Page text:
Energy labeling of light sources – draft

How is the European legislation on the energy labeling of lighting fixtures changing?

The new European decree on the labeling of lighting fixtures proposed by the European Parliament (last draft sent on 6 November 2018) is being approved by the European Commission (last update 05/12/2018).

Which devices will the new rules apply to?

How will the new energy classes be calculated?

How should the new labels be?

We have tried to answer these and other questions starting from the draft law under discussion in these days (and remember that it can not be considered definitive until the decree issued by the European Commission is issued)

  1. Field of application

The decree applies to all light sources whose purpose is to “shed light”, in which light sources are used both when they are used alone and when they are placed on the market in a complex product such as mirrors, refrigerators or shelves.

The decree establishes the requirements for the labeling and provision of additional information on products on light sources with or without integrated control devices.

The field of application covers all lighting technologies, including incandescent, halogen, fluorescent, high intensity diodes and light emitting diodes (both inorganic and organic OLEDs).

  1. New classes of energy efficiency

The standard proposes a new formula for energy labeling that better reflects energy efficiency and is more intuitive in the calculation than the energy efficiency index established in the current regulation on energy labeling.

In the new metrics, the limits for the energy efficiency classes are defined directly in terms of the efficiency of the light source, as a result of the total light output of a light source (in lumens, lm) divided by the mains power (230 V ) input (in Watt, W) and expressed as lm / W.

This change implies that to obtain a given class of energy efficiency, light sources with a high light output do not need a higher efficiency than light sources with low light output. This is reasonable, considering that when the new energy labeling requirements start to apply, the label classes will mainly aim to differentiate LEDs based on their respective efficiencies.

Class limits are proposed with a difference of 25 lm / W between consecutive classes: all light sources above 210 lm / W are of class A. All light sources below 85 lm / W are class G.

As of June 2018, there are no light sources on the market able to meet the efficiency limits of classes A and B (but there are laboratory-based). So these classes would initially be empty, as required by Regulation (EU) 2017/1369. The best LED light sources typically used for domestic use on the market today would have the new E-class label; the best LED light sources for professional use on the market today would be class D and in 2021 some would be class C. In 2021, when the new classes begin to apply, class A should still be empty while some sources may already be class B lights on the market.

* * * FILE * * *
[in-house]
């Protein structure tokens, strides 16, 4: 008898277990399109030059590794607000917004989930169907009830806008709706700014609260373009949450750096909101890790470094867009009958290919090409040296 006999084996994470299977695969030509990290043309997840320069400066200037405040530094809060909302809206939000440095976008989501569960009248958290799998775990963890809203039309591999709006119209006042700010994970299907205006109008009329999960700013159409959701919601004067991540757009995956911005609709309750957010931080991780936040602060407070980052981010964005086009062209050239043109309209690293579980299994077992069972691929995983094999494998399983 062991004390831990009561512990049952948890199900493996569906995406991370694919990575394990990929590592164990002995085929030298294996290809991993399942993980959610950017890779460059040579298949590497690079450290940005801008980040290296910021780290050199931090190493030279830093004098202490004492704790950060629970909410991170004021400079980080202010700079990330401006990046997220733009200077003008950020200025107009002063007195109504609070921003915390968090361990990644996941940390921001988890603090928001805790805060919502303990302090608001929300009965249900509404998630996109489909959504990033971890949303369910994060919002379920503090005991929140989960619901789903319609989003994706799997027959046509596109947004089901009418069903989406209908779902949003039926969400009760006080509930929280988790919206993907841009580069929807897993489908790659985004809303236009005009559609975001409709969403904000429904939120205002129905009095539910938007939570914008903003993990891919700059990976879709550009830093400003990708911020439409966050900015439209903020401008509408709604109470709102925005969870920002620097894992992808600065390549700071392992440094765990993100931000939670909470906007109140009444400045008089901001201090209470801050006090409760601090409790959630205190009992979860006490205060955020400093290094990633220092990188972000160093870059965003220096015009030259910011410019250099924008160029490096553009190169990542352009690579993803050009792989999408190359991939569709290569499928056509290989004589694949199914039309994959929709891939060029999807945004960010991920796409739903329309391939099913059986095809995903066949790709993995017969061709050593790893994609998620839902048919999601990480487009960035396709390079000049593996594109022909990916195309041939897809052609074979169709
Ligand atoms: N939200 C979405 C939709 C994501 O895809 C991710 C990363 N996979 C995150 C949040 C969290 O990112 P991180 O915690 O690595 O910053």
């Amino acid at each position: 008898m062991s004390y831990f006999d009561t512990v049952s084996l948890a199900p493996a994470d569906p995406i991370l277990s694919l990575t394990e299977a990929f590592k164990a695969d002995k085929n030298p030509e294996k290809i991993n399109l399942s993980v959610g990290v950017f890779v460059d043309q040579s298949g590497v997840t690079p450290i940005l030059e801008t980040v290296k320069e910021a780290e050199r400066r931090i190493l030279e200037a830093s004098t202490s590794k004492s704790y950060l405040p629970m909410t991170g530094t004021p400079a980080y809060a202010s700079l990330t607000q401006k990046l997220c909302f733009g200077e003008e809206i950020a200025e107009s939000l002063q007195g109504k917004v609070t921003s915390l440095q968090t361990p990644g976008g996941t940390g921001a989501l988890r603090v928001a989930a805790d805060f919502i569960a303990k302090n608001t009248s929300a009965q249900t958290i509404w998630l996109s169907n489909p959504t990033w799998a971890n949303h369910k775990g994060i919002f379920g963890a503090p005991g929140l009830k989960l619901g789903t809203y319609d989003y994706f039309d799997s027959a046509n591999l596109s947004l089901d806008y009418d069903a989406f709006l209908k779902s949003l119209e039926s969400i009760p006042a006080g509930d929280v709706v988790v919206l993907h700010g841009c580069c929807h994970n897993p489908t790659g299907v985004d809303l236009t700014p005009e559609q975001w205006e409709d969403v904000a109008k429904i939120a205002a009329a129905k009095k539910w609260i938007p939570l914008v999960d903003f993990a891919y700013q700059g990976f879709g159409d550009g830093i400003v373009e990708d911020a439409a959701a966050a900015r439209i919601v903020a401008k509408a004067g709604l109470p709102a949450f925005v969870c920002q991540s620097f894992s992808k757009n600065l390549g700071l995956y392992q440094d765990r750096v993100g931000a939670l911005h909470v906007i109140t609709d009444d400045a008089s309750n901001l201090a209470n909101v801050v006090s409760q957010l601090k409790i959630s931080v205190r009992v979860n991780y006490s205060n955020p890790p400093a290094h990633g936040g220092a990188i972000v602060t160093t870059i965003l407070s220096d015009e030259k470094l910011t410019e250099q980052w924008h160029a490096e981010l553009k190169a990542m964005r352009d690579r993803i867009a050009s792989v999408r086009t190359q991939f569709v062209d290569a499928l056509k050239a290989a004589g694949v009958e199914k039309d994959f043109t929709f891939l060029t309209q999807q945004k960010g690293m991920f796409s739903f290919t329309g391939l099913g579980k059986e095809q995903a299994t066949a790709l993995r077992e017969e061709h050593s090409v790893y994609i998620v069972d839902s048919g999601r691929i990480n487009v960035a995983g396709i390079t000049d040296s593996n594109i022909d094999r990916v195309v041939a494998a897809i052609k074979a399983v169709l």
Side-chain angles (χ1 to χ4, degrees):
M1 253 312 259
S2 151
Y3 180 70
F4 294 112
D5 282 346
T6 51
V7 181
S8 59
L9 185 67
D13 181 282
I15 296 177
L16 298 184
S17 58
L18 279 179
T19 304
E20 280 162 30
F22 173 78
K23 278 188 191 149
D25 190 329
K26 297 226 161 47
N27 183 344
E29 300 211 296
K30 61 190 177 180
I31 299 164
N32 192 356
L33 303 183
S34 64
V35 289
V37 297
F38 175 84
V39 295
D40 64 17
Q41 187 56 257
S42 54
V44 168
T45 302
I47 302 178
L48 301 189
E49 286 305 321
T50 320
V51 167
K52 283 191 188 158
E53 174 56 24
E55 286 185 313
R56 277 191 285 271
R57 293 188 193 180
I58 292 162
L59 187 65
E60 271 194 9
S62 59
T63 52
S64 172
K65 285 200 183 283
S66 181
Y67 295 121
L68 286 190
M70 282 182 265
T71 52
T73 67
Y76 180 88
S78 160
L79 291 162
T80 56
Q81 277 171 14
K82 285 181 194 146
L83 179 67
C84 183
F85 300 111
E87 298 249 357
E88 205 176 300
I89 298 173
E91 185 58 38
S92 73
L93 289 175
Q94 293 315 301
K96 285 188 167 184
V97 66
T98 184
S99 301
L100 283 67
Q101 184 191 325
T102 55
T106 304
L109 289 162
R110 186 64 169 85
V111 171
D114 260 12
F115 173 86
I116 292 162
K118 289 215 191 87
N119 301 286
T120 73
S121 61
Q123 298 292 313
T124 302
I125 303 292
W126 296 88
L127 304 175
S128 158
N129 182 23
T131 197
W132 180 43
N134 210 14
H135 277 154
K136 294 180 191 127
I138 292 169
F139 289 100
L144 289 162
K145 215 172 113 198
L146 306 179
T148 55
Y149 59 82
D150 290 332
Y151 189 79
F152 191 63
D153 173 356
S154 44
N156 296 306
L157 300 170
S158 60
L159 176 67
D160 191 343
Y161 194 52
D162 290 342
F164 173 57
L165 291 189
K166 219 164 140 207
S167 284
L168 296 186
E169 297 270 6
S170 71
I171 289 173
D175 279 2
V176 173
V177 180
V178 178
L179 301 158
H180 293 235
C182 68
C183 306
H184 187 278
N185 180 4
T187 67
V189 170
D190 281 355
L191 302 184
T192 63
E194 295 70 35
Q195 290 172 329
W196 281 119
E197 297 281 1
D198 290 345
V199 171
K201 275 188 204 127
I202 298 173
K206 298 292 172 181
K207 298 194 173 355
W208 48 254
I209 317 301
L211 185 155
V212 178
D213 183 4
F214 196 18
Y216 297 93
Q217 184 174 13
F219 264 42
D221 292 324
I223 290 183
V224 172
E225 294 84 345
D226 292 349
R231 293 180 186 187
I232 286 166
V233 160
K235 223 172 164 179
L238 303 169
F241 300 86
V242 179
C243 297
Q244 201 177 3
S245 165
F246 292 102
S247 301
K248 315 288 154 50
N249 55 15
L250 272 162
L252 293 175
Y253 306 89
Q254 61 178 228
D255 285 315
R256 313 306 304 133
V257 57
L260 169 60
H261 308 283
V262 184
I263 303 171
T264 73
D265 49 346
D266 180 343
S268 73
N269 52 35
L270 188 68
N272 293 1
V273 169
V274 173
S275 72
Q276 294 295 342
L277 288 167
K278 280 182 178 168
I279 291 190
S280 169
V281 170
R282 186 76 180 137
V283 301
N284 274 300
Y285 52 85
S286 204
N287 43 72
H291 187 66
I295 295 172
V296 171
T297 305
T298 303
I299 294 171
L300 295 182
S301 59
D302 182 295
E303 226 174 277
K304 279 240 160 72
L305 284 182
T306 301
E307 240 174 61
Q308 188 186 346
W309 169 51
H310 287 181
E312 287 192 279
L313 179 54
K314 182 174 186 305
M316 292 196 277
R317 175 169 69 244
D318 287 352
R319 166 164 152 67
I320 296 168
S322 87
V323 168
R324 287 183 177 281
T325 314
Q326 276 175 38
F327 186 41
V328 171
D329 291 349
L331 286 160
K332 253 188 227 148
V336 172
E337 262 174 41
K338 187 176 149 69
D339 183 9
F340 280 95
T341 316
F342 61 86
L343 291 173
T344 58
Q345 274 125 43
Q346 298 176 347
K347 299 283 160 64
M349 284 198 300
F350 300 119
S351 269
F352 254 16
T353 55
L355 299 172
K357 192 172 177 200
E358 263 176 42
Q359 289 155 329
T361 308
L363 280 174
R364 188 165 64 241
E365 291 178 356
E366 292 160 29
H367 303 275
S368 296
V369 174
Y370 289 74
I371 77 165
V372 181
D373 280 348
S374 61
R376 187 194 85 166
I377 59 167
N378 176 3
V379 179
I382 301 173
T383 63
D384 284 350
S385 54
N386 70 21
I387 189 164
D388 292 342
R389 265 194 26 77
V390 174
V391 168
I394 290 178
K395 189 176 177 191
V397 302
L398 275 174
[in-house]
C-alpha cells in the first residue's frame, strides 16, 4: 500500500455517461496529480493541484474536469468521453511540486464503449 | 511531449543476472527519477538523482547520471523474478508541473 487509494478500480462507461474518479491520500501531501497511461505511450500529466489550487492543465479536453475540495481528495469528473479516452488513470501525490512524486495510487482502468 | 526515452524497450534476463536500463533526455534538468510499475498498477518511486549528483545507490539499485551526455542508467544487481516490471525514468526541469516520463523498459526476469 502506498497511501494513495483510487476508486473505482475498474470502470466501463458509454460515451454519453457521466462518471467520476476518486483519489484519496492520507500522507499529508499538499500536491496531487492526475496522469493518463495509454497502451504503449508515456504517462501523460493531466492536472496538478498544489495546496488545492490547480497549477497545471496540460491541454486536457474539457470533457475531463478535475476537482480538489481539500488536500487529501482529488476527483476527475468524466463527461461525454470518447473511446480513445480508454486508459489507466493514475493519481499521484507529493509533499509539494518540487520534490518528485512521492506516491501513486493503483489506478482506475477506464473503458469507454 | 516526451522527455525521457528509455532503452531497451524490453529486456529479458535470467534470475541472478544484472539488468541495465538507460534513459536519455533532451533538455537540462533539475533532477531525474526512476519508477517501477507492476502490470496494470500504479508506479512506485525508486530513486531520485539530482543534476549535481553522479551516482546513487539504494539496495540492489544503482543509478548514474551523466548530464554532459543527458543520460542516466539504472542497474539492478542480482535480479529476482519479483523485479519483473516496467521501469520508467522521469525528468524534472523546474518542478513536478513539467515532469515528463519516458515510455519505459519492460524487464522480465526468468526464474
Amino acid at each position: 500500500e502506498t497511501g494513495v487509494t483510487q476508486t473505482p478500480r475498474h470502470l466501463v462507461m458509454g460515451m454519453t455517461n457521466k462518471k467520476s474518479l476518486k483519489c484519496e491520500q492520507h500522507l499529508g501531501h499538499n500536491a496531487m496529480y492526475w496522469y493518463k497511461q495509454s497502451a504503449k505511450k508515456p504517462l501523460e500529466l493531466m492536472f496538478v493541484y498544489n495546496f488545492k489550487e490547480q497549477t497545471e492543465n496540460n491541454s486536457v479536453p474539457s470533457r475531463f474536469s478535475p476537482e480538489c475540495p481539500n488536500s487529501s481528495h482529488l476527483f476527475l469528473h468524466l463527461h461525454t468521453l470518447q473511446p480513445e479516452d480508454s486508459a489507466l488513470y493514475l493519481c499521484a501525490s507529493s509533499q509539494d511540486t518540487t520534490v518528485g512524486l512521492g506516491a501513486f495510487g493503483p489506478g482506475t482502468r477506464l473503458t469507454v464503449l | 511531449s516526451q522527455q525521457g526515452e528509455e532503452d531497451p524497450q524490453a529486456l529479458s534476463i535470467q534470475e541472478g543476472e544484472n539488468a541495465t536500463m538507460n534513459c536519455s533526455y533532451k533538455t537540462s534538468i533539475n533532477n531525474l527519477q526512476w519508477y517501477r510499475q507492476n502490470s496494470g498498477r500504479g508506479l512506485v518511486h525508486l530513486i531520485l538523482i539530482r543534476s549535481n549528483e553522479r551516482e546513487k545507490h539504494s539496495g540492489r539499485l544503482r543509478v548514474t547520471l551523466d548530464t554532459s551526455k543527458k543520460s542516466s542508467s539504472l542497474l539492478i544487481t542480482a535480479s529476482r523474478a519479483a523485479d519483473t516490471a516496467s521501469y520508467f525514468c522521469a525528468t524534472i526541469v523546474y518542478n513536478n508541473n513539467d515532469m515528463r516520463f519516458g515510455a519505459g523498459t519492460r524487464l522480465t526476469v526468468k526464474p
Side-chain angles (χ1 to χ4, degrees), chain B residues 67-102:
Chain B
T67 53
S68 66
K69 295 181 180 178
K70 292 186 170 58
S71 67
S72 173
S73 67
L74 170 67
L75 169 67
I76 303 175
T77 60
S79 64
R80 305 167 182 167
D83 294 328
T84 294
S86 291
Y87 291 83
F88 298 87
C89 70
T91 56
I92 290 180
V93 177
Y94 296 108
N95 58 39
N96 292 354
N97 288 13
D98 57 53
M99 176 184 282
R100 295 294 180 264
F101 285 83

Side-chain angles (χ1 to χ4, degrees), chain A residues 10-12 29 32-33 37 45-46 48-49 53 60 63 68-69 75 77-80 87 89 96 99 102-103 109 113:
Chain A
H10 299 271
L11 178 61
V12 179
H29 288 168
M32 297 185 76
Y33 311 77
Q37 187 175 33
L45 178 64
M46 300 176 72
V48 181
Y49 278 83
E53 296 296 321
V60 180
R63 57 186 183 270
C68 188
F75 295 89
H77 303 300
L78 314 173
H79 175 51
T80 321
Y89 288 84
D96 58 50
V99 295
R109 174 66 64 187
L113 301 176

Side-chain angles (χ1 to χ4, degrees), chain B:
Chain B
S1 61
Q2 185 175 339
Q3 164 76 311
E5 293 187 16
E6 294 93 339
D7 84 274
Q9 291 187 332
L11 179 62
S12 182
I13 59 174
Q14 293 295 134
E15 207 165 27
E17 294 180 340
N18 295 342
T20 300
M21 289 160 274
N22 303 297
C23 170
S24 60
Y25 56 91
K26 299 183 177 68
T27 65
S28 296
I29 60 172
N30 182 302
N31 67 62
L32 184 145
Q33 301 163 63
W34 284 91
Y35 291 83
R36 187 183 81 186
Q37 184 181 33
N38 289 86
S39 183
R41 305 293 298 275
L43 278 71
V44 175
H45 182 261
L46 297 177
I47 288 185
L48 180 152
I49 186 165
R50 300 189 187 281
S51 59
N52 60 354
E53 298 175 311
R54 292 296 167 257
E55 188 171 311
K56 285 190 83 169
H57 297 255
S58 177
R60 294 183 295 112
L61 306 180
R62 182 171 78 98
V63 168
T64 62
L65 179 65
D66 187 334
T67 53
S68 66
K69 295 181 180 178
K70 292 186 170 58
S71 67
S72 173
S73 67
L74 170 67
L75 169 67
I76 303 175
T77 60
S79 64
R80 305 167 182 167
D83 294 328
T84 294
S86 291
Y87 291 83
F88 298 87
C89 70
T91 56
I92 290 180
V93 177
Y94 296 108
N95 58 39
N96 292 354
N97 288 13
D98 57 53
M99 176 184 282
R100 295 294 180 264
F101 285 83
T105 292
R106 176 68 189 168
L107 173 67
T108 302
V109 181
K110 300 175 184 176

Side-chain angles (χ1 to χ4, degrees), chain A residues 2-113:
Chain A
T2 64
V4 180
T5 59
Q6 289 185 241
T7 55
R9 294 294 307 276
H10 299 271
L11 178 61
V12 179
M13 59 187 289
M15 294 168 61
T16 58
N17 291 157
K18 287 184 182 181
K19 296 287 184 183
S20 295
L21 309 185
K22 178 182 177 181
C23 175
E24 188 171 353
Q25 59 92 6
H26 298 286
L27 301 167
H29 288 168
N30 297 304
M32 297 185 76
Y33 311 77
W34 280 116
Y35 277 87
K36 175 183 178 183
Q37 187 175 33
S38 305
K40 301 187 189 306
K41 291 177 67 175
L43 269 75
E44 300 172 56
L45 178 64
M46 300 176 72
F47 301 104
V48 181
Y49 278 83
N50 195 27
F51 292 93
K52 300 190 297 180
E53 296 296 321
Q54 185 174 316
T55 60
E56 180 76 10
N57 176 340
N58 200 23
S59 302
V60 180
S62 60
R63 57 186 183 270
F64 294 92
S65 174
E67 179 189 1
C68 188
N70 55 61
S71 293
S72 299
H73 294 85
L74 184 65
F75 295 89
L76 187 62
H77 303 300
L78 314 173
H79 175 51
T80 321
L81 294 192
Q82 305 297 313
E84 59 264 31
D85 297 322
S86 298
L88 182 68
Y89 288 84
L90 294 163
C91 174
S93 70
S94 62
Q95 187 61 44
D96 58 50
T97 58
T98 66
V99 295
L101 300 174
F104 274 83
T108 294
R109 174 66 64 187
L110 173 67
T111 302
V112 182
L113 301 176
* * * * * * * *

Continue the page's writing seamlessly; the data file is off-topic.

1. Calculation method

The energy efficiency class of the light sources must be determined on the basis of the effectiveness values expressed in the total effectiveness of the network, defined as the total initial luminous flux (in lm) divided by the power absorbed by the network (in W) – (lm / W) – as indicated in table 1.

  1. Energy label

The label is reviewed and updated following the instructions of the new framework regulation (EU) 2017/1369. The general principle is that the label must be on the packaging side facing the potential buyer in the point of sale (visibility goal). If the packages are small, the solution is to have the label on the back of the package, with a colored arrow with the energy efficiency class displayed on the front side.

If the light source is sold inside another product (such as a lighting fixture), a specific label is not required, but the packaging of the main product must display a text stating the energy efficiency class of the light source contained.

The re-labeling of products already on the market is required only for those products that remain unsold at retailers for more than 9 months from the date of application of the new measures; otherwise these products can no longer be sold.

  1. Label formats

The following information must be included in the label for light sources:

I Name or trademark of the supplier;

II Model identifier of the supplier;

III Energy efficiency class; the arrow head which contains the energy efficiency class must be placed at the same height as the arrowhead of the relevant energy efficiency class;

IV QR Code, which links the model information available in the public part of the product database;

V Energy consumption, expressed in kWh of electricity consumption per 1000 hours of light source operating in mode;

VI Number of the relevant European regulation

  1. Communication and advertising

Any visual advertising for a specific light source model, including on the Internet, must communicate the energy efficiency class of that model and the range of efficiency classes available on the label.

The energy class and the range of efficiency classes must be indicated, as shown in the figure, with:

  • an arrow containing the letter of the energy class;
  • the color of the arrow corresponding to the color of the energy class;
  • the range of efficiency classes available.